I would like to be able to add key words to my citations so that my library is more than a bunch of citations. Is there a way to create my own key words and associate them to specific citaitons so that I can look up these citations quickly when I need them, without having to memorize the title or author?
If you have a collection of records that you want to “remember” you can reference>show selected and globally edit the keyword field or any other field you wish, to contain a specific word. You can also then use this word (in the keyword field or in any selection of fields) to create a smart group based on that search parameter. another way I do this is to often have a group I drag things to - and then edit those records to add the keyword. Tools>change/move/copy is where you do the editing. Make sure just the records you want ot edit are showing. haveing records selected is not enought to target them.
I have a related question. Suppose I write a manuscript and generate my references with endnote. Now I want to share the manuscript and my Endnote reference file with a co-author. However, I want to send him an endnote file only with those references that I use in the manuscript. Tagging the references one by one to export them would be too time consuming.
So, is there a way I can tag in my original (large) endnote file, with a few clicks, only those I used in the manuscript?
Also, is there a way I can add a keyword, with a few clicks, only to those references used in the manuscript (without editing references one by one)? This would answer my previous question, but would also be very helpful in organizing my references.
There are three easy ways to do this:
A. Just send your co-author the Word document you created. EndNote embeds core bibliographic data into the document - we call this the “Traveling Library”. When your co-author gets the document, they simply open it and use the “Export Travling Library…” comand from the Cite While You Write tools within Word to export the citation data from the Word document back into EndNote.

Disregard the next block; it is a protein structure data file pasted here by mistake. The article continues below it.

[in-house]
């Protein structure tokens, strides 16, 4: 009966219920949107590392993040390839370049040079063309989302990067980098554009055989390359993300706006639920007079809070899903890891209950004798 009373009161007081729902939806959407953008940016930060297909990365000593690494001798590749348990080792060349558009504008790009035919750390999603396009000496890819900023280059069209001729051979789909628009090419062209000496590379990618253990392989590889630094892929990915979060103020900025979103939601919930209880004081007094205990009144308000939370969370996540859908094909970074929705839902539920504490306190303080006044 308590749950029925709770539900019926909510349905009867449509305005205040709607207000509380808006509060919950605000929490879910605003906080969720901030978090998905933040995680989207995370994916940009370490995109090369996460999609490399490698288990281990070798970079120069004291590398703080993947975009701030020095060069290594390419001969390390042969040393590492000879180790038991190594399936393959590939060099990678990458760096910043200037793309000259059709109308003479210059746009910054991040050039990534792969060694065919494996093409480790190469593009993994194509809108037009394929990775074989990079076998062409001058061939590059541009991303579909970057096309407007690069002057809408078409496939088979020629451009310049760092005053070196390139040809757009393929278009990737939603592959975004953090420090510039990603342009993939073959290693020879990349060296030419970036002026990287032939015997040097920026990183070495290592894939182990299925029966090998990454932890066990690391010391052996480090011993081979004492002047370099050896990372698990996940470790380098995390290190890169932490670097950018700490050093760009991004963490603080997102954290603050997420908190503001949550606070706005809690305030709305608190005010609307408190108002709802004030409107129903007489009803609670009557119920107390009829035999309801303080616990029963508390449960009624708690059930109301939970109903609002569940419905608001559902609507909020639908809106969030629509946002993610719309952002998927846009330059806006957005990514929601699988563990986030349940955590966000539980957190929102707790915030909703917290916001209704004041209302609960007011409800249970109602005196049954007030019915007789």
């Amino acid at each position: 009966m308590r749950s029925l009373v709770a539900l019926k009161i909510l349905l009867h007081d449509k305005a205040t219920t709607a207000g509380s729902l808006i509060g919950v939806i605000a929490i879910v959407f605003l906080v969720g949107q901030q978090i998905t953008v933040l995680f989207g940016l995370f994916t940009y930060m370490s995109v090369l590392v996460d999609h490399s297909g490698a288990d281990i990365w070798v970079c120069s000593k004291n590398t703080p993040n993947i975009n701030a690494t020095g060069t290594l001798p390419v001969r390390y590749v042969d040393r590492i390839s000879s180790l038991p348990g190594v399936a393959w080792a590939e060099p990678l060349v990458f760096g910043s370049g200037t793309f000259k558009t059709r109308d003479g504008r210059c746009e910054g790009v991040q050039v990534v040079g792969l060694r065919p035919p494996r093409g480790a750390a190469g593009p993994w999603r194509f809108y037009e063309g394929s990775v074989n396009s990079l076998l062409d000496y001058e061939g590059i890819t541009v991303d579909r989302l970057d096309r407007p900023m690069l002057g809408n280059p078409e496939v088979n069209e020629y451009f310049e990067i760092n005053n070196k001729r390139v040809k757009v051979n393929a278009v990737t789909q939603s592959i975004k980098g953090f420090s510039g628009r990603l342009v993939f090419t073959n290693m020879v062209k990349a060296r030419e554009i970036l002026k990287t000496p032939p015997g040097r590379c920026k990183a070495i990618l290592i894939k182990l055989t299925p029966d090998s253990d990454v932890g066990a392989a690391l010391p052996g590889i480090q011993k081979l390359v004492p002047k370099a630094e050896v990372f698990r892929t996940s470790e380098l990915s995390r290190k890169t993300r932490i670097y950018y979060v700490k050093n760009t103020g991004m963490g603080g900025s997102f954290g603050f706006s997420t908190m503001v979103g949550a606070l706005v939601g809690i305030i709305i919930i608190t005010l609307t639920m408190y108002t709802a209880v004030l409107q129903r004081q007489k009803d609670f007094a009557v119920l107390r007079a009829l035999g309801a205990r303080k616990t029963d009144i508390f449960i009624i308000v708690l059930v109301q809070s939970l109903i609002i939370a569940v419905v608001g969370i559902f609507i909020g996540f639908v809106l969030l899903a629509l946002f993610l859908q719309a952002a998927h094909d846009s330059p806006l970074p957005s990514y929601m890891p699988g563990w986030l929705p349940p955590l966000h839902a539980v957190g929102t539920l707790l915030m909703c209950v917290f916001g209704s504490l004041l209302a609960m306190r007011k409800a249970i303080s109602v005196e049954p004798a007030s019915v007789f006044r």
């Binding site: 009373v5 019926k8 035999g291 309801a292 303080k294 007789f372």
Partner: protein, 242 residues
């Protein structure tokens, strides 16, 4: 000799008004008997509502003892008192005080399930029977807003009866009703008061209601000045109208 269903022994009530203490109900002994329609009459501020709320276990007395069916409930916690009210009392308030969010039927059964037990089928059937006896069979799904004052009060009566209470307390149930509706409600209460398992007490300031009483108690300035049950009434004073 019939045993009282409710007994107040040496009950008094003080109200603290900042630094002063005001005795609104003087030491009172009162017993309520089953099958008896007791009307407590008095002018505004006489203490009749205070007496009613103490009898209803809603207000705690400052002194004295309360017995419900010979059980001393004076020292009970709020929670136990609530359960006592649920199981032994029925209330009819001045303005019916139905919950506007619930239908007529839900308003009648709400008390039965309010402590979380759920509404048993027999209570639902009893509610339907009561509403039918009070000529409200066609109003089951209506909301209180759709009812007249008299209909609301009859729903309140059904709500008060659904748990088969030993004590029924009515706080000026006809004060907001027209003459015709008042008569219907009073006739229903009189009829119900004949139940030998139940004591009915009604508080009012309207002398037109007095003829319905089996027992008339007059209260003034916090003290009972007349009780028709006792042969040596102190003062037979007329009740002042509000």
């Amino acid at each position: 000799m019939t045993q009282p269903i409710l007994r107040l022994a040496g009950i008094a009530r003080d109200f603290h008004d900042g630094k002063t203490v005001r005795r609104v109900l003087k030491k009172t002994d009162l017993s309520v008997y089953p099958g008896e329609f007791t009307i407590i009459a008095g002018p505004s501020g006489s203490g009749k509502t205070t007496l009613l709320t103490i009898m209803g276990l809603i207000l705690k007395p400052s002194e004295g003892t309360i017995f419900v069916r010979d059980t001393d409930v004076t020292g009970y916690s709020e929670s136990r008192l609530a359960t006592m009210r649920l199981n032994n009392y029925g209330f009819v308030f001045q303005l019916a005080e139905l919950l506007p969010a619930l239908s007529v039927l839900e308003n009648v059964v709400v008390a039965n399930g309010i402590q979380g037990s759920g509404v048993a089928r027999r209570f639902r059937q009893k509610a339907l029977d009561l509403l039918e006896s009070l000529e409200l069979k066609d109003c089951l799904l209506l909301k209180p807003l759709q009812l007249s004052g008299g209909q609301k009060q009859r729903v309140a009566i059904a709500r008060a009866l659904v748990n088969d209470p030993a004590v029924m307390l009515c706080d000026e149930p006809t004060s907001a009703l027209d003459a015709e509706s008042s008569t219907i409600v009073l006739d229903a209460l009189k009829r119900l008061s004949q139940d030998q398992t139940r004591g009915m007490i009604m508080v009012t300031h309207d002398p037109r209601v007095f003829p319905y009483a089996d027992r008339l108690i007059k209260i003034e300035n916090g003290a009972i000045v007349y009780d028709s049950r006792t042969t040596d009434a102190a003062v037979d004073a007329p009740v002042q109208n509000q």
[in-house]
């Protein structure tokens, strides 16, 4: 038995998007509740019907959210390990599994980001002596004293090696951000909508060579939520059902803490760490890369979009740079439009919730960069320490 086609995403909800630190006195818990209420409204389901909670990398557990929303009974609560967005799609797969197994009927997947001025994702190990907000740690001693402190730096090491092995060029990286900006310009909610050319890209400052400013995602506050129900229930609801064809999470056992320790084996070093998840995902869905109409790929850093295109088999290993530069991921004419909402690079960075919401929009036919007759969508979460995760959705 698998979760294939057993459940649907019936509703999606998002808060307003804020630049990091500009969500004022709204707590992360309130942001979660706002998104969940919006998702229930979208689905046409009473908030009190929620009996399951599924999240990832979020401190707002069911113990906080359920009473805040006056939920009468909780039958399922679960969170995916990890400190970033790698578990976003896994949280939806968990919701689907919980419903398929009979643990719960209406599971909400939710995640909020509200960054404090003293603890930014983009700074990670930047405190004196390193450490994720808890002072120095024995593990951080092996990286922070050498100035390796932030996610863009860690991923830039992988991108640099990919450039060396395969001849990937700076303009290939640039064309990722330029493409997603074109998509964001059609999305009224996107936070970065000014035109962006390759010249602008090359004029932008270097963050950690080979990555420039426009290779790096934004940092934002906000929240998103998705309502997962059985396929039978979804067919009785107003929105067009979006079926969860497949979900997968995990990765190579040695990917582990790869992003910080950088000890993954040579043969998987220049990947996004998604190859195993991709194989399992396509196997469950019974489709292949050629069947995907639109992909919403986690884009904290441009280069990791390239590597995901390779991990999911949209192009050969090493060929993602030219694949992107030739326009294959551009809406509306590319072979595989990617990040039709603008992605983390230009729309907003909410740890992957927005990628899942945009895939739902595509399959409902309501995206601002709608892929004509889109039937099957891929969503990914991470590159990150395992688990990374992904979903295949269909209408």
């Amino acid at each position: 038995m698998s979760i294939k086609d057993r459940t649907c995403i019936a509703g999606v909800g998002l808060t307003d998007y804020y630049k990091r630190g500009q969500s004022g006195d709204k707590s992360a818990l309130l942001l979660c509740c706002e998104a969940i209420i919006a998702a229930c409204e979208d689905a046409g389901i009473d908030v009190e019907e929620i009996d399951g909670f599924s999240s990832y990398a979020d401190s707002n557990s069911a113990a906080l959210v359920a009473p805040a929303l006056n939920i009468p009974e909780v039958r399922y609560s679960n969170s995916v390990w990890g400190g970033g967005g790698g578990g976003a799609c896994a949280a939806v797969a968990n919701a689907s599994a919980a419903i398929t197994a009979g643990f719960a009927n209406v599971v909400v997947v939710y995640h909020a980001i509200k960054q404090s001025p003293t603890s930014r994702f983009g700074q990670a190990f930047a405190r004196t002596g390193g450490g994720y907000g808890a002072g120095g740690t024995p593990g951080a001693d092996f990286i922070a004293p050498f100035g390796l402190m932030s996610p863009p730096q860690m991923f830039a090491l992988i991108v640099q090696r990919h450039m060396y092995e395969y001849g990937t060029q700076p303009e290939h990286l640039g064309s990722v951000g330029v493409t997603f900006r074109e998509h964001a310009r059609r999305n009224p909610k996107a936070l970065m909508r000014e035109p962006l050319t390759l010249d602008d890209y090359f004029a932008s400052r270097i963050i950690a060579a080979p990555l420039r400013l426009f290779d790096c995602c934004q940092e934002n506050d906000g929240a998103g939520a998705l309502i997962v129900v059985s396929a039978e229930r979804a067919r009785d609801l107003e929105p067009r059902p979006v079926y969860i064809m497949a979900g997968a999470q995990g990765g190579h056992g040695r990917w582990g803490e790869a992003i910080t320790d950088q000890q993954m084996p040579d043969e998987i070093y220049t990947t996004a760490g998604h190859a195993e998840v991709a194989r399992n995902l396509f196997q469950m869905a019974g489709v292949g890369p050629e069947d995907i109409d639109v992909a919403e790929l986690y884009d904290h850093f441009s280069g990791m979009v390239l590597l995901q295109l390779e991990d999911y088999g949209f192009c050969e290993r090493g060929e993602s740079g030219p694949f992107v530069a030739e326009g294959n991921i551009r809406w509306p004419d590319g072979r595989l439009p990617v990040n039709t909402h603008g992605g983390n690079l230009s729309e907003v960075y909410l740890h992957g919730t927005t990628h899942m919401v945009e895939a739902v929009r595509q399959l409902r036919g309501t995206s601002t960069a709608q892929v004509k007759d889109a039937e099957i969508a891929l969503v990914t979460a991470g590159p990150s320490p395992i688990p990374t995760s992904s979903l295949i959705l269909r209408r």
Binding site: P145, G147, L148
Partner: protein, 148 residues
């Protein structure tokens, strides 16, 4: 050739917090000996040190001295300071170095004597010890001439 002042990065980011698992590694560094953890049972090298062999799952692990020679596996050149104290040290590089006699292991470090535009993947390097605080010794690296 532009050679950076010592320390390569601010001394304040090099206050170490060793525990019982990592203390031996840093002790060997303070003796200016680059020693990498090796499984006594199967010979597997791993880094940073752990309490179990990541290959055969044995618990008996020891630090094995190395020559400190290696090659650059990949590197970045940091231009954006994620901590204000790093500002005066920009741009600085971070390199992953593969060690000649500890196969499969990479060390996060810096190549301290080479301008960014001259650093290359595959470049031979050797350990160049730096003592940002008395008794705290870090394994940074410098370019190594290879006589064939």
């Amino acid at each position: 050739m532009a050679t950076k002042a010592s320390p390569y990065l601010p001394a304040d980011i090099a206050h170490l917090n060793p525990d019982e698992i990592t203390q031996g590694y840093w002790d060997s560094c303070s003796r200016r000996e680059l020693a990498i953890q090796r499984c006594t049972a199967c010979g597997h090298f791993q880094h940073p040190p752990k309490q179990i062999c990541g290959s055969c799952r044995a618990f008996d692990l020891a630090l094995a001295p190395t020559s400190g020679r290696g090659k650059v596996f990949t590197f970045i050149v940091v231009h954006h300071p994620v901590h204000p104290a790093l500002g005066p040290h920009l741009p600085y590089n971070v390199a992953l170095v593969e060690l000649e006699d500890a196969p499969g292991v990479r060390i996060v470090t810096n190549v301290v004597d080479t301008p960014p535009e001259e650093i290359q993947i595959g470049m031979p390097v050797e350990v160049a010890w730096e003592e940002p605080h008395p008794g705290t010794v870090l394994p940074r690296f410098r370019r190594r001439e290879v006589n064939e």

B. If you prefer to send your co-author a compressed EndNote library along with the Word file - this would be advantageous if you have supplemental infomation or attachments in EndNote along with the core biblipgraphic data. When you have both Word and EndNote open, EndNote creates an “auto document Group” - see the attached screen shot - that contains just the items you have cited in the particular Word document. You could copy these into a new EndNote library and send that to your colleague.
C. Building on B just above, you could share a group with your co-author using EndNote online. The Group would just need to contain the sub-set of references you cited in the shared document.
Jason Rollins, the EndNote team
Options B and C are helpful if I want to share the library. Option B allows me to create a new smaller library. But I don’t want to have a new library for each manuscript I write. What I want is to use my “master” (larger) library and add a keyword that matches the reference to the manuscript. Let’s say that I cited references 24, 93, and 507 in my manuscript “JAMA-6-24-13-BP” and I want to add the manuscript name as a keyword in those references. How can I do a global edit of the keyword for that purpose?
Combining Leanne & Jason’s responses above, to add the manuscript name to only the references used in that manuscript:
- First open both your library and manuscript.
- Then open the word auto group in EndNote (see Jason’s screen dump above)
- Select Tools > Change/Move/Copy fields…
- Where it says “Select a field”, select the Keywords field.
- In the big white box, type your manuscript name. You may like to add a semi-colon or something other than the space if you expect to have more than one keyword.
- Click OK.
- Click OK to the warning.
Note: you will have to do this after you finish writing the manuscript. If you remove one of the references from the document, it will not remove the manuscript name from the keywords field. It will remove it from the word auto group though.